When the Baseball Writers’ Association of America (BBWAA) vote was counted last week and nobody was elected to the Hall of Fame this year, it signaled a tipping point in the ongoing debate about performance-enhancing drugs (PEDs) in baseball. With Barry Bonds and Roger Clemens appearing on the ballot for the first time, and receiving just 36.2% and 37.6% of the vote, respectively (it takes 75% for enshrinement), the writers have made a statement. It can’t be argued, based on numbers alone, that Bonds isn’t in the top 5 position players of all time and Clemens isn’t a top 5 pitcher. Absent suspicion of PED abuse, each would have been a first ballot lock. Remember, neither has admitted (wink, wink) to knowingly using PEDs, despite mountains of evidence. They’ve been convicted, and rightfully so in my eyes, in only the court of public opinion. More interesting to me is the case of Mike Piazza, who received 57.8% of the vote in his first time on the ballot. Other than rumors and innuendo, Piazza has never been formally linked to PED use. His numbers at the catcher position certainly make him Hall of Fame worthy, but suspicions in the PED era cast a wide net.
There has been so much debate about how to handle the PED era in documenting the history of baseball. More than any other sport, baseball is anchored by its history and its numbers. Both have been severely tainted by the widespread use of PEDs from the mid- to late-1990s through the early 2000s. The culpability is widespread: Bud Selig and the owners turned a blind eye; the players’ association worked far harder to protect the dirty players than they did the clean ones; and fans and baseball media alike ignored obvious evidence of PED use, such as Brady Anderson going from 15 homeruns to 50 homeruns overnight, and Bonds’s head doubling in size. It is for this last reason that I think the BBWAA is taking the stance it is now. They missed the boat on this completely. They were in these locker rooms, covering these teams coast to coast, and they somehow either missed the rampant PED abuse or chose to ignore it. From a journalistic standpoint, it is inexcusable. They are collectively tainted by the stain as well. This is the writer’s chance to exert some measure of revenge.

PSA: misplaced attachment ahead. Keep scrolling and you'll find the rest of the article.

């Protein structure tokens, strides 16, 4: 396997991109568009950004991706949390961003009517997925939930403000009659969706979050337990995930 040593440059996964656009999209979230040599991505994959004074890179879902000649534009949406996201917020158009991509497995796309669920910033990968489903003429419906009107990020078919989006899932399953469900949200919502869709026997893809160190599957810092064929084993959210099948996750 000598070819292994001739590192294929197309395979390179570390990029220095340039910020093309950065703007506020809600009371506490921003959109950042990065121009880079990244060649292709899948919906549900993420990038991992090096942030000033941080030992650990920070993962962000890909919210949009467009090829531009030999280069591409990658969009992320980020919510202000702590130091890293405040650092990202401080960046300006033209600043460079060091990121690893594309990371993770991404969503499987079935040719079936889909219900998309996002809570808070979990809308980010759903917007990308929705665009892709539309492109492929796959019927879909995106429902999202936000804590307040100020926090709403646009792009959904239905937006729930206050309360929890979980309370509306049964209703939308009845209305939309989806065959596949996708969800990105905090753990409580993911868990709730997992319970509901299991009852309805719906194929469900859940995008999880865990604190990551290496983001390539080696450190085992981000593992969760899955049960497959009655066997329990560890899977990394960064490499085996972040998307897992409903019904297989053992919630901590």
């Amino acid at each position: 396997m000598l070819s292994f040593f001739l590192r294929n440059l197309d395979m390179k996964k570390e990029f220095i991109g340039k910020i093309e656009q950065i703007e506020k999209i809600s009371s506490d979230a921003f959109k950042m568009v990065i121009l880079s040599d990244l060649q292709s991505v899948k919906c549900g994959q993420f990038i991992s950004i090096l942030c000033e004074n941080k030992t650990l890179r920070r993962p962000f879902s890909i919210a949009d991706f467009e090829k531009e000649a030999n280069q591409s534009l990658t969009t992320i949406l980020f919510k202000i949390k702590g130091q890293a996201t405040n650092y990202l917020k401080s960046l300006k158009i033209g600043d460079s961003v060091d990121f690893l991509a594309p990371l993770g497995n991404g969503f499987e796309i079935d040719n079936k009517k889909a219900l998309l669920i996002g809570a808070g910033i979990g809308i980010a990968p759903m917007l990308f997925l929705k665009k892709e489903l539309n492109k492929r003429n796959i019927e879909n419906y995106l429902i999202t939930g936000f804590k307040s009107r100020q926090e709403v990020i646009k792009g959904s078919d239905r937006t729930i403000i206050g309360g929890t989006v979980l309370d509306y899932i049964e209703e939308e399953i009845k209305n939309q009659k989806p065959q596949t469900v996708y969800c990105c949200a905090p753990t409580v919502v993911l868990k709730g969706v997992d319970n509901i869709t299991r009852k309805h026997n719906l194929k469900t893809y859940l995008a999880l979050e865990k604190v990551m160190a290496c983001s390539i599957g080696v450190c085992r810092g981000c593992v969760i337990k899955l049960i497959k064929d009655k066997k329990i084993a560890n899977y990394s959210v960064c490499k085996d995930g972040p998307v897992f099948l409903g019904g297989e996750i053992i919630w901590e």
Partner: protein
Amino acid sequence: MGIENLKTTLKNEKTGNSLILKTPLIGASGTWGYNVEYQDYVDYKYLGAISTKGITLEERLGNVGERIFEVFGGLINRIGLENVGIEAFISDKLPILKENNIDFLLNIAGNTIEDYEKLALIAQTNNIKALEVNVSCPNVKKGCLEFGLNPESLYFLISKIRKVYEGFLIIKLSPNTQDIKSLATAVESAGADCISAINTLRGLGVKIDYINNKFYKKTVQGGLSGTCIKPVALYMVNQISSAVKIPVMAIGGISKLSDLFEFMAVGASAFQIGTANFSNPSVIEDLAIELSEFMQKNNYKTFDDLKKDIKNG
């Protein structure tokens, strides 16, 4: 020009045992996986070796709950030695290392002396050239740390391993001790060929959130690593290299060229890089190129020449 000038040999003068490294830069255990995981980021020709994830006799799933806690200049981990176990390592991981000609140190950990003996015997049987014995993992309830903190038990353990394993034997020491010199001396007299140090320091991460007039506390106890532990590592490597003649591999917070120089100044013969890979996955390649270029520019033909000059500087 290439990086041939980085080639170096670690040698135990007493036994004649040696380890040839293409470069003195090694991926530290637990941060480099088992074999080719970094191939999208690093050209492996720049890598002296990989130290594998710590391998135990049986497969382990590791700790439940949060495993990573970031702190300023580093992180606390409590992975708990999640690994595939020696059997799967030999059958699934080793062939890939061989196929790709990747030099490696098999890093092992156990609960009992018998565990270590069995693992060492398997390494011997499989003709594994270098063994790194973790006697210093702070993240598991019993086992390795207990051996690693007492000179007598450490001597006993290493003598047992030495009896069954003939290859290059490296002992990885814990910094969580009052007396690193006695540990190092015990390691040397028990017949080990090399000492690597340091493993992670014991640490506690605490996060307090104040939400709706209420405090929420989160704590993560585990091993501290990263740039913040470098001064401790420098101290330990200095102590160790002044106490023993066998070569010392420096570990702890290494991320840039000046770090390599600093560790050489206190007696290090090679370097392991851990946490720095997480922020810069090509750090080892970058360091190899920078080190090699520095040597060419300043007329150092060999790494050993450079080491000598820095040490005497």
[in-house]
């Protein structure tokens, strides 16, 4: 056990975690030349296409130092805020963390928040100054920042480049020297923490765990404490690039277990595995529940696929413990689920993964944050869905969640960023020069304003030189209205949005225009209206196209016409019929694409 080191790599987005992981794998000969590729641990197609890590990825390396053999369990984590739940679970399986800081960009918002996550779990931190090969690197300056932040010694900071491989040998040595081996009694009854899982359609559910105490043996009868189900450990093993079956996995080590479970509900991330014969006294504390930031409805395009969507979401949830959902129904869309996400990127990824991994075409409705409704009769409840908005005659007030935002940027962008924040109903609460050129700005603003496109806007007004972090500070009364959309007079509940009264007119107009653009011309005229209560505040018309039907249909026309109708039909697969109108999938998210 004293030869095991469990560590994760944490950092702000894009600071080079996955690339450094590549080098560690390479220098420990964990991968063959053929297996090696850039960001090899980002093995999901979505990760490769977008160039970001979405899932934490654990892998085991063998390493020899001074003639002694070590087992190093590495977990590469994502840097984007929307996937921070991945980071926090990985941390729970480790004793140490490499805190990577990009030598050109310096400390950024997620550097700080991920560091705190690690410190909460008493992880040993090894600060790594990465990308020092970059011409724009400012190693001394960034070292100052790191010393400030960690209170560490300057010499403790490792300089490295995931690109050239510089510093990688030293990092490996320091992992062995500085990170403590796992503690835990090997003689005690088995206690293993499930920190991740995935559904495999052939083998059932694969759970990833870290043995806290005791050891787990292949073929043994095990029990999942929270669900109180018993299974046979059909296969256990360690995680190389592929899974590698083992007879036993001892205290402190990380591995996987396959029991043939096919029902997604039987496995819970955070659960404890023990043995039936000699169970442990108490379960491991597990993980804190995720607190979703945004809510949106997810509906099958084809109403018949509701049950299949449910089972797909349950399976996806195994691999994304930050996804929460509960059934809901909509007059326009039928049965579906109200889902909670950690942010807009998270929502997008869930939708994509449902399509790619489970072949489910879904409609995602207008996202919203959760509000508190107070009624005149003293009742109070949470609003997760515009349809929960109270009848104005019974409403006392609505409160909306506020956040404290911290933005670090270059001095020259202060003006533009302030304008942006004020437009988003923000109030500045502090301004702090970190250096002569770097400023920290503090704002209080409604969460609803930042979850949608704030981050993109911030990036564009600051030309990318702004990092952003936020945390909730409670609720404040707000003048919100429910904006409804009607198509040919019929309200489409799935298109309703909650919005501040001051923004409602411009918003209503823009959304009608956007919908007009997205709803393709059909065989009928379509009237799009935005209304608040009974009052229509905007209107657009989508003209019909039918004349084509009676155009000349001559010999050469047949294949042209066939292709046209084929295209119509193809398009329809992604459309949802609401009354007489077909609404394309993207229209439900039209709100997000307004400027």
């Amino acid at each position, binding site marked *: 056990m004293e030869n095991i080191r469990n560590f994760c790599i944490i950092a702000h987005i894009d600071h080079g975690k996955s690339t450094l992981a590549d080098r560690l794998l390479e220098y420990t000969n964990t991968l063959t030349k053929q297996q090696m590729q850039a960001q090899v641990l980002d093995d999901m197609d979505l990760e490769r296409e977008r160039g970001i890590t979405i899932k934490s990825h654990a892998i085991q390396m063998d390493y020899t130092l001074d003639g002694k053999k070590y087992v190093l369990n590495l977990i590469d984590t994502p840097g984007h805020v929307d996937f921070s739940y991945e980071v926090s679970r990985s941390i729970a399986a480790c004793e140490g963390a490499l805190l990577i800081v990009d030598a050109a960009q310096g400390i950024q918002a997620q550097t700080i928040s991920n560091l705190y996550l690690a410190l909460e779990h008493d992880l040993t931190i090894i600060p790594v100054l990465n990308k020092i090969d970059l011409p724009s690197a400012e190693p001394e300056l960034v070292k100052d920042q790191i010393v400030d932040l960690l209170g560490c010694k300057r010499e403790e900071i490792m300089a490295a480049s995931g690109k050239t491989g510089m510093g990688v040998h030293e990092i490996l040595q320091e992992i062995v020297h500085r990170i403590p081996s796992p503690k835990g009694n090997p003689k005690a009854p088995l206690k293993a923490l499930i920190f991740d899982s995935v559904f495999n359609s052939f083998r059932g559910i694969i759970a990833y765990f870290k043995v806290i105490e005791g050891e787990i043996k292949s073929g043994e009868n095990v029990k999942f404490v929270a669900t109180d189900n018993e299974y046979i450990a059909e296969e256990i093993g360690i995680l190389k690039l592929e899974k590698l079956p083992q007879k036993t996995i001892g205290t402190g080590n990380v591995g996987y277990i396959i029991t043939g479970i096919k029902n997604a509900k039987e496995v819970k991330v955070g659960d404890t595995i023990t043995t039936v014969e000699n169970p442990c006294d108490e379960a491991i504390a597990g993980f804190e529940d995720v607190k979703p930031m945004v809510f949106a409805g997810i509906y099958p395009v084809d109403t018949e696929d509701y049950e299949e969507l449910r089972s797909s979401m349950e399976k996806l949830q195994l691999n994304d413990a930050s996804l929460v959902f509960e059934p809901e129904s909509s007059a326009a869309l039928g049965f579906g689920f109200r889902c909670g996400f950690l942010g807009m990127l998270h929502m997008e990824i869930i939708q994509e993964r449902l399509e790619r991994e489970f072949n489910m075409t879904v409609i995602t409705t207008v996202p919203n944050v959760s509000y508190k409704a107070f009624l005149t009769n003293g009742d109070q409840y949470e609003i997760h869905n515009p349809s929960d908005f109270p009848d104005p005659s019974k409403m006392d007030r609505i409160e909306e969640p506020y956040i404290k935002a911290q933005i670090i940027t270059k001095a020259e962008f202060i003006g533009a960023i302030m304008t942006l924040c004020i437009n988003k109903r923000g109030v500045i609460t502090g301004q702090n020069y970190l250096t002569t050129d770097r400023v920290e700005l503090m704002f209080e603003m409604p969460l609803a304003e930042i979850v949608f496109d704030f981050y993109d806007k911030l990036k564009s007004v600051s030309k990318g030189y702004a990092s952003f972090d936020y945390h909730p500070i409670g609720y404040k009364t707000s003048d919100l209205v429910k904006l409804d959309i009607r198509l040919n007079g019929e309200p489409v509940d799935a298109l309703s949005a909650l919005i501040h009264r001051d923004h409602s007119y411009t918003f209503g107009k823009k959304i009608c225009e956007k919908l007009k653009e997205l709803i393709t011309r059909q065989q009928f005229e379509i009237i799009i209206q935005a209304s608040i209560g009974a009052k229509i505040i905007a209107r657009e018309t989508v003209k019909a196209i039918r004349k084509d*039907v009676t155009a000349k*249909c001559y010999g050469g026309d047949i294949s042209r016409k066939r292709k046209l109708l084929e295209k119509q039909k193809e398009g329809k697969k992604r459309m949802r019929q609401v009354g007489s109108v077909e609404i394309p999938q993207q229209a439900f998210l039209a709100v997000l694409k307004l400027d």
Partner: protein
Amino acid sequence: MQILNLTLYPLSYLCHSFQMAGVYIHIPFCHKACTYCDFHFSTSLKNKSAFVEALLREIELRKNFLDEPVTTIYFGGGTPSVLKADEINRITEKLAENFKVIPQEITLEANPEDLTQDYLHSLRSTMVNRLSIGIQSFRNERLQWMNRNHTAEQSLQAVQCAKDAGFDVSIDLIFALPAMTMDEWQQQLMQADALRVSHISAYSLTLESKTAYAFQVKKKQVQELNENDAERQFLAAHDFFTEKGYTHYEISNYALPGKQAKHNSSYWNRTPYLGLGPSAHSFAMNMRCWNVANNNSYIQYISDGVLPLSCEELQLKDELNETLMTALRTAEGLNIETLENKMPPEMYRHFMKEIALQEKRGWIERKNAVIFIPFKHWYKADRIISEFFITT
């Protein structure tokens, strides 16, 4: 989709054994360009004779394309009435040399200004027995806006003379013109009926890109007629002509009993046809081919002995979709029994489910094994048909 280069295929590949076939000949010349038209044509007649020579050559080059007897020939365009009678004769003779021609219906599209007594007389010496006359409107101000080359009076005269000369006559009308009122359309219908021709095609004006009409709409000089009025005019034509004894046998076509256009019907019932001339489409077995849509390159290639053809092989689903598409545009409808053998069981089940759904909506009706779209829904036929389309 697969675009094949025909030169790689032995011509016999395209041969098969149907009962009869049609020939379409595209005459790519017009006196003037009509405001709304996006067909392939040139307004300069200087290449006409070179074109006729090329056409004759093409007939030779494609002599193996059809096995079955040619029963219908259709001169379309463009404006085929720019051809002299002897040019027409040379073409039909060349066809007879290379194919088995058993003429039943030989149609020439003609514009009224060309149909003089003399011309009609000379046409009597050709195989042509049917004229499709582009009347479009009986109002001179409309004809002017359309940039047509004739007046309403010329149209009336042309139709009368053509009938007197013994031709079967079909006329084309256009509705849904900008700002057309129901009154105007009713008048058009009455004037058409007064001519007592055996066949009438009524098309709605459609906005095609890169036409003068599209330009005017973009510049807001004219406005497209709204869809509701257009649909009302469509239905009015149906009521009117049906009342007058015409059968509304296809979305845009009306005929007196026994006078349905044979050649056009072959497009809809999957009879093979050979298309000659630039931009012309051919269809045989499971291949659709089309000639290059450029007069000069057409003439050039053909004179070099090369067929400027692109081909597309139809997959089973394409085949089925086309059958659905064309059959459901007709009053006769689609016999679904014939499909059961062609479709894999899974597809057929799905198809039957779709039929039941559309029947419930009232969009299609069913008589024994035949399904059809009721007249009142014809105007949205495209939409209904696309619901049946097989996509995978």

The debate has raged since the vote as to whether no one getting into the Hall of Fame this year is a good thing or a bad thing for baseball. My opinion is that it is a good thing. I don’t agree that you should “just put everyone in and tell the story on the plaque”. The Hall of Fame is, at its core, a museum of baseball history, and artifacts from Bonds, Clemens, McGwire, Sosa, et al., are prevalently displayed - Including the ball that Bonds hit for his 756th homerun, breaking Hank Aaron’s record, that is now emblazoned with a large asterisk (placed there by the ball’s eventual owner, fashion designer Mark Ecko). This history of the PED era can be told in other parts of the museum, but to honor those individuals either implicated in or strongly suspected of using PEDs with a bronze bust and induction ceremony would be wrong. Are there cheaters already enshrined? Undoubtedly so. And if a player such as Piazza never did anything wrong and is being wrongly persecuted, that is too bad. But the clean players had their chance to stand up during this period to clean up the game and did nothing.
So I applaud the BBWAA for sending this message. I hope Bonds and Clemens are never enshrined. Because if they are awarded the honor, knowing what we know, what kind of message would that be sending?